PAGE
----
13. Links: What community and professional resources are available to you?

Related: The Complete Guide to Starting a Business in South Africa

Conducting Market Research

Prime candidates who need full-time child care are parents with infants to 5-year-olds. Parents with children over 5 are good prospects for after-school care programs. The market segments most likely to use child-care services are dual-income families and single-parent households in most income brackets.

A number of government programs help low-income families pay for child care so the adults can stay in the work force.

Within this very broad market is the narrower group of clients you’ll serve. Use market research to figure out who these people are and how you can best attract them to your center. Lois M. says the primary market at four of her six locations is parents who are upper-income working professionals; the other two centers serve a number of middle-income families as well as those being subsidised by public funds.

Janet H. says about half her clientele consists of dual-income families, and the other half is single mothers who receive government assistance as they work through programs designed to get them off welfare. The goal of market research is to identify your market, find out where it is, and develop a strategy to communicate with prospective customers in a way that will convince them to bring their children to you.

When Lois M. opened her first centre, her demographic research revealed that there were 9,000 children from infant to 5 years old within a 5-mile radius of the site; half the pre-school children in the area were in day care of some sort because their mothers (or both parents) worked; and the number of households in the area was expected to double within a decade. Contained in that 5-km radius were six child-care centres serving approximately 800 children.

Brenda B.’s research wasn’t as sophisticated. Living in a small town, she knows just about everyone and is well aware of the lack of child-care services.

“There’s such a need for day care,” she says. “I go through periods where I’ll get as many as five calls a week from parents needing care, and I don’t have room for them. I’ve had families on my waiting list for up to two years.”

Related: How to Research the Competitors in Your Area

What licenses do you need to start a pre-school?

Department of Social Development

Department of Social Development

Early Childhood Development Centre have to be registered with the Department of Social Development (DSD). This registration can be done through your local branch of the DSD.

The DSD suggest that you follow the following steps:

  • Complete an application form for registration as a place of care. You can get the application form on the web.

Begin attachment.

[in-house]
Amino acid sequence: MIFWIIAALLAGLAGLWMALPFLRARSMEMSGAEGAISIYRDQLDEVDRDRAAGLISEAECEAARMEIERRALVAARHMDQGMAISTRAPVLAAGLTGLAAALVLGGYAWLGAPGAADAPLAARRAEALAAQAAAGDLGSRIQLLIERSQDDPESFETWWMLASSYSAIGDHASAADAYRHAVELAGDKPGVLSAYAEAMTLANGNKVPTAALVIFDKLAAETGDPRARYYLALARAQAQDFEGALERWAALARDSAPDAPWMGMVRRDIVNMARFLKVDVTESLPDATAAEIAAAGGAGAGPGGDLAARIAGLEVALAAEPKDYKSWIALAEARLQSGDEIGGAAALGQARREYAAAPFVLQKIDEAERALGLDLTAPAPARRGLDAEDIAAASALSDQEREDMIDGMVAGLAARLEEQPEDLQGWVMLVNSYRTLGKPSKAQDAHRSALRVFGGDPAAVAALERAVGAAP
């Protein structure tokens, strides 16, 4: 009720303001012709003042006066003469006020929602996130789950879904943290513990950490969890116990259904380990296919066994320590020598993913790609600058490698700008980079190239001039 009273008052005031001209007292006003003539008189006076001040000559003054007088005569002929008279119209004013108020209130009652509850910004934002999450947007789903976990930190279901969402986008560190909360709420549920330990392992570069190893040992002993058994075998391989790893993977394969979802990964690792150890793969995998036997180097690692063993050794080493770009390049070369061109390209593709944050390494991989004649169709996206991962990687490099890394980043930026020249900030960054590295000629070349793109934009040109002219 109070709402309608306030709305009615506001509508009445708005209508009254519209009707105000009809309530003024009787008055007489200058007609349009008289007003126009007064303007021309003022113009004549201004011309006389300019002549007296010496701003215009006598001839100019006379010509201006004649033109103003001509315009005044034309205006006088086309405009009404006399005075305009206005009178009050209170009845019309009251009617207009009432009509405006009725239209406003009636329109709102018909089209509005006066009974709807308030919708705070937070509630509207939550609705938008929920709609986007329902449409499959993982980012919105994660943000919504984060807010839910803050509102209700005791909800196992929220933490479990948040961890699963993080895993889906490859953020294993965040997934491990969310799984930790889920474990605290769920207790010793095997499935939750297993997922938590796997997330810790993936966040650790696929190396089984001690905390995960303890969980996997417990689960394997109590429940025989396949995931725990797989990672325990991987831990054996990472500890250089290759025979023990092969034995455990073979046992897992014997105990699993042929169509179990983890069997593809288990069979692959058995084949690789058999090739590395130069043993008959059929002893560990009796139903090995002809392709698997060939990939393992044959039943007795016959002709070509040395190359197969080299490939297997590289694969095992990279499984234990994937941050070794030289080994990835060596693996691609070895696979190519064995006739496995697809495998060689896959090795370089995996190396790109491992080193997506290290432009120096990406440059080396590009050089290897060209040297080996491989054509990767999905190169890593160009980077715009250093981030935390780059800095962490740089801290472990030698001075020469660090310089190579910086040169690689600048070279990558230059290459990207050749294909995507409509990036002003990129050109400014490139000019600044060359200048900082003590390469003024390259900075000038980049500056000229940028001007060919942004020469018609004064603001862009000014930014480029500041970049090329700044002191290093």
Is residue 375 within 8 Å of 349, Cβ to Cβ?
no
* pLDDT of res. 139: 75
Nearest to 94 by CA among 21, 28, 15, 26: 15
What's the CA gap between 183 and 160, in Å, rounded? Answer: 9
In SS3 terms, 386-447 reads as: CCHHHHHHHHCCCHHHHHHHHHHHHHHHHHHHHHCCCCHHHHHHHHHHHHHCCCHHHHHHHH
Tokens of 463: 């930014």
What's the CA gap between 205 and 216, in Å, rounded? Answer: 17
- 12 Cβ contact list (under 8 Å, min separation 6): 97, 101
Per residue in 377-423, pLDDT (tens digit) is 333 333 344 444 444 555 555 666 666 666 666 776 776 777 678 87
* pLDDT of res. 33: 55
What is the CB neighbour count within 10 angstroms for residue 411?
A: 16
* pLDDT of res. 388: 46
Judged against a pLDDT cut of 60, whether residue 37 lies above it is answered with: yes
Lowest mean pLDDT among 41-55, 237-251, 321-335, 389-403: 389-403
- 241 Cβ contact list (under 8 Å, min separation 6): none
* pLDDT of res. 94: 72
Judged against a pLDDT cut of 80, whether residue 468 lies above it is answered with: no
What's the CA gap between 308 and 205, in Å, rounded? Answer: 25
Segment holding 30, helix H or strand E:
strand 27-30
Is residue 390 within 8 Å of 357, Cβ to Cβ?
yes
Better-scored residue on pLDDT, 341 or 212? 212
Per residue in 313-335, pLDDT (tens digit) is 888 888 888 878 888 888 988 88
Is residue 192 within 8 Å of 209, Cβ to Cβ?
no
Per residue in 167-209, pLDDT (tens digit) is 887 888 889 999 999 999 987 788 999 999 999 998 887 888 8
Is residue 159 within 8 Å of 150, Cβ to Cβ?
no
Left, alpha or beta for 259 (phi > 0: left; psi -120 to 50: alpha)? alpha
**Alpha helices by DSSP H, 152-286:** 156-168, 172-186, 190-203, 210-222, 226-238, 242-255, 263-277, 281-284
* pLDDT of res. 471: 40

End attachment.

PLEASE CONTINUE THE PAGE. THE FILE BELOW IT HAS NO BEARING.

In order to apply you must submit a weekly menu and daily programme and then submit the following information:

  1. A building plan/hand drawn sketches of building
  2. A copy of constitution, signed and dated (only if you also require funding)
  3. Service/Business Plan (for application for funding
  4. Financial report of the past year (for funding purposes)
  5. Contract with the owner of the building (lease – for funding purposes)

Once the documentation is approved, you will have to undergo an assessment from the Local Authority on structural and health requirements

What types of child-care services can be offered

Before you open your doors to the first child, you should decide on the services you’ll provide and the policies that will guide your operation. To simply say you’re going to “take care of children” is woefully inadequate.

  • How many children?
  • What ages?
  • What hours?
  • Will you provide food or ask their parents to?
  • What activities will you offer?
  • What sort of price and payment policies will you have?
  • And the list goes on.

Your first step is to check with the appropriate regulatory agencies, which in South Africa is your local municipality and the local division of the Health Department. They will explain to you what’s involved in providing particular services.

For example, each province has its own guidelines for the maximum number of children and maximum number in each age group in a family child-care facility. Municipalities in various regions also have guidelines regarding caregivers. There will likely be other requirements and restrictions, depending on the type of facility you run.

Decide what services to offer based on your own preferences and what your market research says your community needs. Your choices include:

  1. Full-time care during traditional weekday hours
  2. After-school care
  3. Non-traditional hours (very early mornings, evenings, overnight care, weekdays and/or weekends)
  4. Drop-in or on-demand care, either during traditional or non-traditional hours
  5. Part-time care
  6. Parents’ night out (weekend evening care)
  7. Age-based care

Location

child-education